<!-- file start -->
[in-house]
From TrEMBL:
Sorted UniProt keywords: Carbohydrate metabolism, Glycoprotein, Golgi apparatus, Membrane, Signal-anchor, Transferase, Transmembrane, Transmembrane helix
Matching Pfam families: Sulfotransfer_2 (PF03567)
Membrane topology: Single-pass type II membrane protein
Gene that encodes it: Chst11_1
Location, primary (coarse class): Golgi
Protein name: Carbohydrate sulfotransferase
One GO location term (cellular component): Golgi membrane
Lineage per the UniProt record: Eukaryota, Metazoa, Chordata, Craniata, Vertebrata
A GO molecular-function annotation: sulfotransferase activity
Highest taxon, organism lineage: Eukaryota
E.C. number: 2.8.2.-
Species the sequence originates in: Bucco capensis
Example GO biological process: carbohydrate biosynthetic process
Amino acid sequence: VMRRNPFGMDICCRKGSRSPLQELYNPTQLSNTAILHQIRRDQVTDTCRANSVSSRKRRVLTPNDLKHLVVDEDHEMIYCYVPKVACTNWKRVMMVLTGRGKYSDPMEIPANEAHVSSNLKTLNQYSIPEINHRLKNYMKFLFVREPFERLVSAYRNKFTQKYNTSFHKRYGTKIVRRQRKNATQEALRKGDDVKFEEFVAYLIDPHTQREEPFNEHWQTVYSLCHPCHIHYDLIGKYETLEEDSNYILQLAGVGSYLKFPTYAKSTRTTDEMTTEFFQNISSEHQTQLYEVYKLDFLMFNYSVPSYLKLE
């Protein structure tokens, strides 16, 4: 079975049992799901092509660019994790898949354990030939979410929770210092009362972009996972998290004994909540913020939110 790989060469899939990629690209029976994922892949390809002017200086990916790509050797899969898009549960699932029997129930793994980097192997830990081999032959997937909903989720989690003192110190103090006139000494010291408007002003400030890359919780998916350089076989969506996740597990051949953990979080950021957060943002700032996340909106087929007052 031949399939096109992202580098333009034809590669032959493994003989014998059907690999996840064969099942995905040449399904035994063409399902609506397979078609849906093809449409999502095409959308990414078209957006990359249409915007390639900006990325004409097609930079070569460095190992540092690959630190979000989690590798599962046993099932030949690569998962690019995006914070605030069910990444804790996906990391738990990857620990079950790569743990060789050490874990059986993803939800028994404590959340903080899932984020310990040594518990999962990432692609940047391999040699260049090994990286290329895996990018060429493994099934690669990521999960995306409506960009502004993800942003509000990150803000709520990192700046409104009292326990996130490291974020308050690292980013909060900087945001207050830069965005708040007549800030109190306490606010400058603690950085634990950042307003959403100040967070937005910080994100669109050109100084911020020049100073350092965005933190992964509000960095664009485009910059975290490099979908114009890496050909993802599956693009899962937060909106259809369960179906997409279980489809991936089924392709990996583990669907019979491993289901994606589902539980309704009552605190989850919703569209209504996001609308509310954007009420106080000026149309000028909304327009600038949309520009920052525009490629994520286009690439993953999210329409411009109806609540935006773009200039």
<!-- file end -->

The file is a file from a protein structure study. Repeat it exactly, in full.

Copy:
[in-house]
From TrEMBL:
Sorted UniProt keywords: Carbohydrate metabolism, Glycoprotein, Golgi apparatus, Membrane, Signal-anchor, Transferase, Transmembrane, Transmembrane helix
Matching Pfam families: Sulfotransfer_2 (PF03567)
Membrane topology: Single-pass type II membrane protein
Gene that encodes it: Chst11_1
Location, primary (coarse class): Golgi
Protein name: Carbohydrate sulfotransferase
One GO location term (cellular component): Golgi membrane
Lineage per the UniProt record: Eukaryota, Metazoa, Chordata, Craniata, Vertebrata
A GO molecular-function annotation: sulfotransferase activity
Highest taxon, organism lineage: Eukaryota
E.C. number: 2.8.2.-
Species the sequence originates in: Bucco capensis
Example GO biological process: carbohydrate biosynthetic process
Amino acid sequence: VMRRNPFGMDICCRKGSRSPLQELYNPTQLSNTAILHQIRRDQVTDTCRANSVSSRKRRVLTPNDLKHLVVDEDHEMIYCYVPKVACTNWKRVMMVLTGRGKYSDPMEIPANEAHVSSNLKTLNQYSIPEINHRLKNYMKFLFVREPFERLVSAYRNKFTQKYNTSFHKRYGTKIVRRQRKNATQEALRKGDDVKFEEFVAYLIDPHTQREEPFNEHWQTVYSLCHPCHIHYDLIGKYETLEEDSNYILQLAGVGSYLKFPTYAKSTRTTDEMTTEFFQNISSEHQTQLYEVYKLDFLMFNYSVPSYLKLE
């Protein structure tokens, strides 16, 4: 079975049992799901092509660019994790898949354990030939979410929770210092009362972009996972998290004994909540913020939110 790989060469899939990629690209029976994922892949390809002017200086990916790509050797899969898009549960699932029997129930793994980097192997830990081999032959997937909903989720989690003192110190103090006139000494010291408007002003400030890359919780998916350089076989969506996740597990051949953990979080950021957060943002700032996340909106087929007052 031949399939096109992202580098333009034809590669032959493994003989014998059907690999996840064969099942995905040449399904035994063409399902609506397979078609849906093809449409999502095409959308990414078209957006990359249409915007390639900006990325004409097609930079070569460095190992540092690959630190979000989690590798599962046993099932030949690569998962690019995006914070605030069910990444804790996906990391738990990857620990079950790569743990060789050490874990059986993803939800028994404590959340903080899932984020310990040594518990999962990432692609940047391999040699260049090994990286290329895996990018060429493994099934690669990521999960995306409506960009502004993800942003509000990150803000709520990192700046409104009292326990996130490291974020308050690292980013909060900087945001207050830069965005708040007549800030109190306490606010400058603690950085634990950042307003959403100040967070937005910080994100669109050109100084911020020049100073350092965005933190992964509000960095664009485009910059975290490099979908114009890496050909993802599956693009899962937060909106259809369960179906997409279980489809991936089924392709990996583990669907019979491993289901994606589902539980309704009552605190989850919703569209209504996001609308509310954007009420106080000026149309000028909304327009600038949309520009920052525009490629994520286009690439993953999210329409411009109806609540935006773009200039």